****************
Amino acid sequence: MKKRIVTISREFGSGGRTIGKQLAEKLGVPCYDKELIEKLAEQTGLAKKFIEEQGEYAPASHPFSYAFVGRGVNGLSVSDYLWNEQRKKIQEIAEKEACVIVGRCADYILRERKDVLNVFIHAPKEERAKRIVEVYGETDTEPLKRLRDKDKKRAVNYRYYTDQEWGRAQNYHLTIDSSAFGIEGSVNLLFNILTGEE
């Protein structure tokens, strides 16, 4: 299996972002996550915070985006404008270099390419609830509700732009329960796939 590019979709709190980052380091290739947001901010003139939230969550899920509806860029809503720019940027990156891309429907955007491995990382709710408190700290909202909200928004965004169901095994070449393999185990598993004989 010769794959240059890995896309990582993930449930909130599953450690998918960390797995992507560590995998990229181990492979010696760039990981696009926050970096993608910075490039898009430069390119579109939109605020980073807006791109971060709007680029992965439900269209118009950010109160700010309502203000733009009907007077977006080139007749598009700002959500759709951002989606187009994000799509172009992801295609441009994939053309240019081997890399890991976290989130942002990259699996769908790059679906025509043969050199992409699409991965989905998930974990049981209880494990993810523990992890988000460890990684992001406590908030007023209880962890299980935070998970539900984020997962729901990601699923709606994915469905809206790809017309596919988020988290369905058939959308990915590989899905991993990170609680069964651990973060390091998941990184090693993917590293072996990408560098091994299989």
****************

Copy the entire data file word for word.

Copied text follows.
Amino acid sequence: MKKRIVTISREFGSGGRTIGKQLAEKLGVPCYDKELIEKLAEQTGLAKKFIEEQGEYAPASHPFSYAFVGRGVNGLSVSDYLWNEQRKKIQEIAEKEACVIVGRCADYILRERKDVLNVFIHAPKEERAKRIVEVYGETDTEPLKRLRDKDKKRAVNYRYYTDQEWGRAQNYHLTIDSSAFGIEGSVNLLFNILTGEE
């Protein structure tokens, strides 16, 4: 299996972002996550915070985006404008270099390419609830509700732009329960796939 590019979709709190980052380091290739947001901010003139939230969550899920509806860029809503720019940027990156891309429907955007491995990382709710408190700290909202909200928004965004169901095994070449393999185990598993004989 010769794959240059890995896309990582993930449930909130599953450690998918960390797995992507560590995998990229181990492979010696760039990981696009926050970096993608910075490039898009430069390119579109939109605020980073807006791109971060709007680029992965439900269209118009950010109160700010309502203000733009009907007077977006080139007749598009700002959500759709951002989606187009994000799509172009992801295609441009994939053309240019081997890399890991976290989130942002990259699996769908790059679906025509043969050199992409699409991965989905998930974990049981209880494990993810523990992890988000460890990684992001406590908030007023209880962890299980935070998970539900984020997962729901990601699923709606994915469905809206790809017309596919988020988290369905058939959308990915590989899905991993990170609680069964651990973060390091998941990184090693993917590293072996990408560098091994299989």